A man's upbringing, his talents, his circumstances, are usually a tolerable index of his vocation. If our parents have sent us to Oxford, if our country allows us to remain there, this is prima facie evidence that the life which we, at any rate, can best lead to the glory of God at present is the learned life. By leading that life to the glory of God I do not, of course, mean any attempt to make our intellectual inquiries work out to edifying conclusions. That would be, as Bacon says, to offer to the author of truth the unclean sacrifice of a lie. I mean the pursuit of knowledge and beauty, in a sense, for their own sake, but in a sense which does not exclude their being for God's sake. An appetite for these things exists in the human mind, and God makes no appetite in vain. We can therefore pursue knowledge as such, beauty as such, in the sure confidence that by doing we are either advancing to the vision of God ourselves or indirectly helping others to do so. Humility, no less than the appetite, encourages us to concentrate simply on the knowledge or the beauty, not too much concerning ourselves with their ultimate relevance to the vision of God. That relevance may not be intended for us but for our betters - for men who come after and find the spiritual significance of what we dug out in blind and humble obedience to out vocation...The intellectual life is not the only road to God, nor the safest, but we find it to be a road, and it may be a the appointed for us.

- from "Learning in War-Time" (The Weight of Glory) #CSLewis

Friday, September 5, 2014

The Claims of Religion: Do All to the Glory of God

It is for a very different reason that religion cannot occupy the whole of life in the sense of excluding all our natural activities. For, of course, in some sense, it must occupy the whole of life. There is no question of a compromise between the claims of God and the claims of culture, or politics, or anything else. God's claim is infinite and inexorable. You can refuse it, or you can begin to try to grant it. There is no middle way. Yet in spite of this it is clear that Christianity does not exclude any of the ordinary human activities. St. Paul tells people to get on with their jobs. He even assumes that Christians may go to dinner parties, and, what is more, dinner parties given by pagans. Our Lord attends a wedding and provides miraculous wine. Under the aegis of His Church, and in the most Christians ages, learning and the arts flourish. The solution of this paradox is, of course, well known to you. "Whether ye eat or drink or whatever ye do, do all to the glory of God."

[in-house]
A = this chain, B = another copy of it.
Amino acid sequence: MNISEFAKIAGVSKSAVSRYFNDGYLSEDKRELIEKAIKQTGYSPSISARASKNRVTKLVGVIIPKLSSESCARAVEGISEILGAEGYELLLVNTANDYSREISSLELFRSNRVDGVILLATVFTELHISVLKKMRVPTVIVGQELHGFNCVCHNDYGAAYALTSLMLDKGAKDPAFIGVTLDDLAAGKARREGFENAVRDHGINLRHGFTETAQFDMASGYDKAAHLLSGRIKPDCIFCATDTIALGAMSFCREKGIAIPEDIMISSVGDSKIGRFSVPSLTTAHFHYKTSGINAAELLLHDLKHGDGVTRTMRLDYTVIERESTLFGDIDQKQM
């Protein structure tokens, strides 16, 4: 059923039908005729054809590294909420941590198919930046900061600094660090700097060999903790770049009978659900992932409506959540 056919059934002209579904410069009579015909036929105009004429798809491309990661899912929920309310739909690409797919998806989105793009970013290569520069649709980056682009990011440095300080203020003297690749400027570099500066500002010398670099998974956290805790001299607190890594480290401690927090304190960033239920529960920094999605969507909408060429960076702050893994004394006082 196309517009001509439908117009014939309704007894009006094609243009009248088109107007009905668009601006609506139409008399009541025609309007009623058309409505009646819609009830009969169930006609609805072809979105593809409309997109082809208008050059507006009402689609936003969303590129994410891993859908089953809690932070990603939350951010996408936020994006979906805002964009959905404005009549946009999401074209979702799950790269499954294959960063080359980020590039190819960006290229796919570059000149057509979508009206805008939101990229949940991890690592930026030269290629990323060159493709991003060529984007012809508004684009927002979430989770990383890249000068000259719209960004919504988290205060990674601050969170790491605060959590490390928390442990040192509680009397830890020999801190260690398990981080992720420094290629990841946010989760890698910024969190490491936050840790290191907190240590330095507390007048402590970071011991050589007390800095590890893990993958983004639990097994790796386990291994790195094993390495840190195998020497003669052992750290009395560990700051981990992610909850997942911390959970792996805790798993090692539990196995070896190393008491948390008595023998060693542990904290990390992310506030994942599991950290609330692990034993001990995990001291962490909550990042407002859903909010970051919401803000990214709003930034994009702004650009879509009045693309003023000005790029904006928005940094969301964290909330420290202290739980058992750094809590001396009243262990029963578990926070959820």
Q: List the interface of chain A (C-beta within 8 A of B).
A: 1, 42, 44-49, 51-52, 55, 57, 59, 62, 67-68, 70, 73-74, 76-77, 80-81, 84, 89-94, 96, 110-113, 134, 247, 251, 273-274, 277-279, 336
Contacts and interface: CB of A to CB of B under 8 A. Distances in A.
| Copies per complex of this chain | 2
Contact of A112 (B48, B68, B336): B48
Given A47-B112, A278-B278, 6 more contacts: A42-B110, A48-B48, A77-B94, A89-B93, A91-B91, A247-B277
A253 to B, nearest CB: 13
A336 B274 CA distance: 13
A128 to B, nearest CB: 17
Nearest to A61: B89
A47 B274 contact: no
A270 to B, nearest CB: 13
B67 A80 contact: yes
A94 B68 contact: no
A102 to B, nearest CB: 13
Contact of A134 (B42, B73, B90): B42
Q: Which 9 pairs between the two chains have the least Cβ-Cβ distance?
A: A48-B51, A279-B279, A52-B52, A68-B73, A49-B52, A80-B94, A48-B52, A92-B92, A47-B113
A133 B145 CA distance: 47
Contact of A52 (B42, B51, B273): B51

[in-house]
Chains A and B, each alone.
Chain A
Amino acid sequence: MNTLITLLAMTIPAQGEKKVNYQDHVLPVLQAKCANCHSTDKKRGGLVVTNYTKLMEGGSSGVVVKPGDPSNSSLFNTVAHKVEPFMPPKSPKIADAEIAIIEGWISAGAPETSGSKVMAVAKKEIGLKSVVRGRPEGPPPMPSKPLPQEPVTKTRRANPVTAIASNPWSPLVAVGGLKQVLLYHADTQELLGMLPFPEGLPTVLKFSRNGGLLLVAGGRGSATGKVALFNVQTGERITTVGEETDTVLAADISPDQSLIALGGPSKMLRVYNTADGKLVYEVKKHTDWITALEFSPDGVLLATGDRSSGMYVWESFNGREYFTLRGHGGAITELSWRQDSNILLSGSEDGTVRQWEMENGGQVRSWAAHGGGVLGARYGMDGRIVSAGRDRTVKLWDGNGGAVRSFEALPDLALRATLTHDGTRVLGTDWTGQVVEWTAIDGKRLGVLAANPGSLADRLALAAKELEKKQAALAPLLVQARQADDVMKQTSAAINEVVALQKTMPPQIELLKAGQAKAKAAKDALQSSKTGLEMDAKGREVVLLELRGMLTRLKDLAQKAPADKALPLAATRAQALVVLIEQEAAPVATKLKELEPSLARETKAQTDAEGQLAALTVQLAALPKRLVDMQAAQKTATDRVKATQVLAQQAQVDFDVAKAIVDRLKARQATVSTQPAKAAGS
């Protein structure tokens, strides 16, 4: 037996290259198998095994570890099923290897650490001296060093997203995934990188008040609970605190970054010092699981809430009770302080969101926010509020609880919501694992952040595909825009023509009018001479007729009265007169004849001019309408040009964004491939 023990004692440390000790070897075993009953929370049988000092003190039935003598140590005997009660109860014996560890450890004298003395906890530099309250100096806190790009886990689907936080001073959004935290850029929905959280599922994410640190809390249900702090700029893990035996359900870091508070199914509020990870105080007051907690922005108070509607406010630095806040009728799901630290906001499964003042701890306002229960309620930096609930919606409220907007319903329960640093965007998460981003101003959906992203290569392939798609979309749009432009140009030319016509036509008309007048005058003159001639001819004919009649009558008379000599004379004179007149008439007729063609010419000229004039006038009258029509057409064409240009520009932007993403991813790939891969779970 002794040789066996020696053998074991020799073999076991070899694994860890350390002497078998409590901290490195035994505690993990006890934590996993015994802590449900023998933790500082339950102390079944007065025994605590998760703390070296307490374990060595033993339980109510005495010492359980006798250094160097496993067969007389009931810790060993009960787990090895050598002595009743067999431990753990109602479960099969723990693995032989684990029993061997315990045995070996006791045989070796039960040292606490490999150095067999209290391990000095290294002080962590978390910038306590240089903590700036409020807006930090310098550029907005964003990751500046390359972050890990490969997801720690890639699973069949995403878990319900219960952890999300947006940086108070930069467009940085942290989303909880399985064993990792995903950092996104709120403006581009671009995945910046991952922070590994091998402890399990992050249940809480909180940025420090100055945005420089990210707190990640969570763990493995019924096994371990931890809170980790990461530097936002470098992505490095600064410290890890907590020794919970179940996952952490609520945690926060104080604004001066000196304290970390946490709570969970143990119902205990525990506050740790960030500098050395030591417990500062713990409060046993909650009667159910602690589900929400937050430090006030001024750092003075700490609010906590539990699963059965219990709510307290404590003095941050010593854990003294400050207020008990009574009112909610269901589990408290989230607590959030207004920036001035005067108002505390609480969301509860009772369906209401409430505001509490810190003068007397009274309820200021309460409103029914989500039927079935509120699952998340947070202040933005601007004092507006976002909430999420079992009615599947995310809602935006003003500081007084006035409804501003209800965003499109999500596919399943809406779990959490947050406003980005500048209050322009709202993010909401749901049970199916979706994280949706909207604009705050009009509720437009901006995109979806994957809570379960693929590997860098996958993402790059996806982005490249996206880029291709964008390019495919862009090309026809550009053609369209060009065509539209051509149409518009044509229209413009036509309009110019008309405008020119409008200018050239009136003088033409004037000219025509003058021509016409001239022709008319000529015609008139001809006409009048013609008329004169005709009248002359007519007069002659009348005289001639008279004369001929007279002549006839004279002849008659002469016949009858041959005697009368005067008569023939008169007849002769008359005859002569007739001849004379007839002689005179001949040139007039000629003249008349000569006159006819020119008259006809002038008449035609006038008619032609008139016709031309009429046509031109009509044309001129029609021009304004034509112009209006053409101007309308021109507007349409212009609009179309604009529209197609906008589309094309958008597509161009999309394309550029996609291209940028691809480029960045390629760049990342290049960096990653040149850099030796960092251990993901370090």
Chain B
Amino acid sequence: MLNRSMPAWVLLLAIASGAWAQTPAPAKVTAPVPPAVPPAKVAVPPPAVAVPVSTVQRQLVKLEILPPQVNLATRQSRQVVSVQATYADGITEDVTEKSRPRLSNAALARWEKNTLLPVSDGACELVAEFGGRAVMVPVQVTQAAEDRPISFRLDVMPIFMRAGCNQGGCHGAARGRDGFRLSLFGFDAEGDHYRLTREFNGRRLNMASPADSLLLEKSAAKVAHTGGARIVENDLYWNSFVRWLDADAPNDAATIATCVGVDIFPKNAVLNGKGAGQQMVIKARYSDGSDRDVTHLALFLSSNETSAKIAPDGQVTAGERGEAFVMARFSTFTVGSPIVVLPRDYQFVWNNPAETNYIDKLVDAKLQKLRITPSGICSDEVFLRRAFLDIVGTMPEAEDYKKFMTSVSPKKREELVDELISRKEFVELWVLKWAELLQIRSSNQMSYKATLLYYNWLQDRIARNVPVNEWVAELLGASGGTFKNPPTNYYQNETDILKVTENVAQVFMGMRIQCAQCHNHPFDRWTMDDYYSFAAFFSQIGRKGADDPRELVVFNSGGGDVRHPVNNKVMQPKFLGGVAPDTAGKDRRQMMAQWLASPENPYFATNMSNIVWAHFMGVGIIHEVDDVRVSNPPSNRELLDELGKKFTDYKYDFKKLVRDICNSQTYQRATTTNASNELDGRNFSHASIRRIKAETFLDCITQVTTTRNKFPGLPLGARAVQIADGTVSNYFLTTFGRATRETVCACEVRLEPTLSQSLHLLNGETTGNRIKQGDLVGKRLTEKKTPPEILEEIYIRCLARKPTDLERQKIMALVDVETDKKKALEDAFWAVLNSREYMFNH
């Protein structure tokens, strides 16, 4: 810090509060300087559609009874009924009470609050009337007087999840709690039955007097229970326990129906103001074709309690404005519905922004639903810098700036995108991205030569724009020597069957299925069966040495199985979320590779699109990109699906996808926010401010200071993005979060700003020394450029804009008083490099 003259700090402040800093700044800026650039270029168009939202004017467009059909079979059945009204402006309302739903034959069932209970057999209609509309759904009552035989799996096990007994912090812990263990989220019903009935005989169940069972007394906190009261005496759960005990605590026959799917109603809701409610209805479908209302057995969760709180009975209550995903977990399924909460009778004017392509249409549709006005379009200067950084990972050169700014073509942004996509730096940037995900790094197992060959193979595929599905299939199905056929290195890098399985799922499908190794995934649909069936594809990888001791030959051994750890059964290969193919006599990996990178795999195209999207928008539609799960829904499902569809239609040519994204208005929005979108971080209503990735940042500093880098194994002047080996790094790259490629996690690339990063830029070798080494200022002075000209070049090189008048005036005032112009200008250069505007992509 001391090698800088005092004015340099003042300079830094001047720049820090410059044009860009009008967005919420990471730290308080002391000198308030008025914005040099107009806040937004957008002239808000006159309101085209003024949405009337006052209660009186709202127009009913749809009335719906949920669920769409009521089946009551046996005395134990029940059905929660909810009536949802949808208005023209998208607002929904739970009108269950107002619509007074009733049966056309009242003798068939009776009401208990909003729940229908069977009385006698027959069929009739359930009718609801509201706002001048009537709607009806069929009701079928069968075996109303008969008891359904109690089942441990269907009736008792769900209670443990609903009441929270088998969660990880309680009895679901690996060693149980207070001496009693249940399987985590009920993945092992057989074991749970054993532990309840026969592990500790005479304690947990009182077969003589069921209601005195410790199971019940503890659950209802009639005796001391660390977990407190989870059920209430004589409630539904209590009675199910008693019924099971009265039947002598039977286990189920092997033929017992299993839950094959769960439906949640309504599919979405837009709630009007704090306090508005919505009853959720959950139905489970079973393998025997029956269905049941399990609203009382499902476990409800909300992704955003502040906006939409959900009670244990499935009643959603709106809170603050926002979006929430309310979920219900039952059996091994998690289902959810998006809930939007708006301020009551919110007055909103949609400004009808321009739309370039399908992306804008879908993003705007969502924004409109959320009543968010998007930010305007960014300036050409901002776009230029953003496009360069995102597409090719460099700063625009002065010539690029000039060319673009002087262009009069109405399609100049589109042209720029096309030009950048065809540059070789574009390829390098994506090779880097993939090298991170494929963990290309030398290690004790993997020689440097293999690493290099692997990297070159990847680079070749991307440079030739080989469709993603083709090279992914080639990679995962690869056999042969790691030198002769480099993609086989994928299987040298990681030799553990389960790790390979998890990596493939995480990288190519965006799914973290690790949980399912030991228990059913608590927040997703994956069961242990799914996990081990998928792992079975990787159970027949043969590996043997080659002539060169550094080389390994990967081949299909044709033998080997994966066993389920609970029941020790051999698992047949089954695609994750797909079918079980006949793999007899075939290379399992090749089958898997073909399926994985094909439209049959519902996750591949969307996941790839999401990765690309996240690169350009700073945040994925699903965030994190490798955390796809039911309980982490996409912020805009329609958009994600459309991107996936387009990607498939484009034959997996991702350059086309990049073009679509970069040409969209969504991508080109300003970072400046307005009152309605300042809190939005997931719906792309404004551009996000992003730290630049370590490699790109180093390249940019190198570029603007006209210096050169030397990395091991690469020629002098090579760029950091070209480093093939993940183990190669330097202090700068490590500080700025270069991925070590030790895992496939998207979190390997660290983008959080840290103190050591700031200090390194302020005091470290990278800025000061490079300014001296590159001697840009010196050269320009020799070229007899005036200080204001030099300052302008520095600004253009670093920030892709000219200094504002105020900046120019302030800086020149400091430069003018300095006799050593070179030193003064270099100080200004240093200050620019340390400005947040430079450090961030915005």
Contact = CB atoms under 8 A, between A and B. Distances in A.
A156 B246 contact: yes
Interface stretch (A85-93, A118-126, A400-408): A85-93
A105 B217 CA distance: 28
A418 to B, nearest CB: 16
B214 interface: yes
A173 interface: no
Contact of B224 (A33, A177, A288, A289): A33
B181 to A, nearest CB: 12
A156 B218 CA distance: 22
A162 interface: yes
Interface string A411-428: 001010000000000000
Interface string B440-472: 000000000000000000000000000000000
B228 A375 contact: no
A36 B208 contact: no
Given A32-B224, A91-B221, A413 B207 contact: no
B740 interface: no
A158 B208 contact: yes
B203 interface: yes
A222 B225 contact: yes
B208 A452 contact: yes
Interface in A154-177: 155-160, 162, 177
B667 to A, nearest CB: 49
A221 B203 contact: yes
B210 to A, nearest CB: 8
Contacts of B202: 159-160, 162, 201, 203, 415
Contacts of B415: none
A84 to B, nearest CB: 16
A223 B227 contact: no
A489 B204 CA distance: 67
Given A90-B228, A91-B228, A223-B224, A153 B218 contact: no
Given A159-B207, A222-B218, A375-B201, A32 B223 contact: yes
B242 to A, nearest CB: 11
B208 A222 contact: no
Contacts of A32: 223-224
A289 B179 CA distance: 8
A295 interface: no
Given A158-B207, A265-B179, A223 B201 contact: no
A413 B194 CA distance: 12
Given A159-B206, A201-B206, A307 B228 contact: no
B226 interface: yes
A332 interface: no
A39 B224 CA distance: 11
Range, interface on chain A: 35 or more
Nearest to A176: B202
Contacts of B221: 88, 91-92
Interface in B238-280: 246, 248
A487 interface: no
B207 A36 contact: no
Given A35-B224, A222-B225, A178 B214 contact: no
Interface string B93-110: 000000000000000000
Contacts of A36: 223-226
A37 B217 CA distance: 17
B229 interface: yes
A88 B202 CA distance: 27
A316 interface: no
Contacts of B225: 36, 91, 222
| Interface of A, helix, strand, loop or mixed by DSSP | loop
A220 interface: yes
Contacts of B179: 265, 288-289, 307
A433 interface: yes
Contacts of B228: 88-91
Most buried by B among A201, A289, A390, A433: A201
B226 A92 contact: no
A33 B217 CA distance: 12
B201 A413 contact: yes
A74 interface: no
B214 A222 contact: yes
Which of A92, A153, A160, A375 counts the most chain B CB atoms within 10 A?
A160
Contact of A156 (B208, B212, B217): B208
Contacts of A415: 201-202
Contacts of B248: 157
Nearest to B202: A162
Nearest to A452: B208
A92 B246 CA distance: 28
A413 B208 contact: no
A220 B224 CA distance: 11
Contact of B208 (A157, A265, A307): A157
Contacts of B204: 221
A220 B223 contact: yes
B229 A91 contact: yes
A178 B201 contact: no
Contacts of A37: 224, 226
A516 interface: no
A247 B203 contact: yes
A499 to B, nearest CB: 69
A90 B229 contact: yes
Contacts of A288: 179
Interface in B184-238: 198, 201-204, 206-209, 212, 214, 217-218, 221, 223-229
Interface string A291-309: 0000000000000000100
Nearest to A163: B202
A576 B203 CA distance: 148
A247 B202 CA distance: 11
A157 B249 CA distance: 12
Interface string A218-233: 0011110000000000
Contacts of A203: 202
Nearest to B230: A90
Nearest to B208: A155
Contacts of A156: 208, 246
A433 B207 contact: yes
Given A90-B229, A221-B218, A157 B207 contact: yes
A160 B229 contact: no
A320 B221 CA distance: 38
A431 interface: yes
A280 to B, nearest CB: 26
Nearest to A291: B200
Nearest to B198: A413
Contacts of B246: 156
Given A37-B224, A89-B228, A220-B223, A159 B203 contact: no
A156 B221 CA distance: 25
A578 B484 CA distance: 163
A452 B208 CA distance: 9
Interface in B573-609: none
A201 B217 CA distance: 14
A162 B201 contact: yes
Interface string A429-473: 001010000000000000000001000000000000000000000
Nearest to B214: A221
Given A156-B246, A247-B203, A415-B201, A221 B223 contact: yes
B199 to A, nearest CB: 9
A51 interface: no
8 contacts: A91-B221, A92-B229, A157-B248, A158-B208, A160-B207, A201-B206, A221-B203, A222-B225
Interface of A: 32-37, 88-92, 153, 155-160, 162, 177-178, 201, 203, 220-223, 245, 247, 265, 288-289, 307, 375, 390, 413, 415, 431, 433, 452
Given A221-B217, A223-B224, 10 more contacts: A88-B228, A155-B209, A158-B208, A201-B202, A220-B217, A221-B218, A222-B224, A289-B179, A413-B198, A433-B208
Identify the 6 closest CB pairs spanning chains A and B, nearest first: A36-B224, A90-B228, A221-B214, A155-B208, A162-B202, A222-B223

All of our merely natural activities will be accepted, if they are offered to God, even the humblest, and all of them, even the noblest, will be sinful I'd they are not. Christianity, does not simply replace our natural life and substitute a new one; it is rather a new organisation which exploits, so its own supernatural ends, these natural materials.

- from "Learning in War-Time" (The Weight of Glory) #CSLewis

Monday, August 18, 2014

Gunfight Rule #1

Bring a gun. Preferably, bring at least two guns
 Bring all your friends who have guns.

Sunday, August 17, 2014

17 August 1942

Just prior to dawn, the 2nd Marine Raider Battalion under Lt. Col. Evans F. Carlson landed on Makin island from the submarines NAUTILUS and ARGONAUT. The next day the Marines left the island after destroying a seaplane base, two radio stations, a supply warehouse, and killing about 100 Japanese soldiers.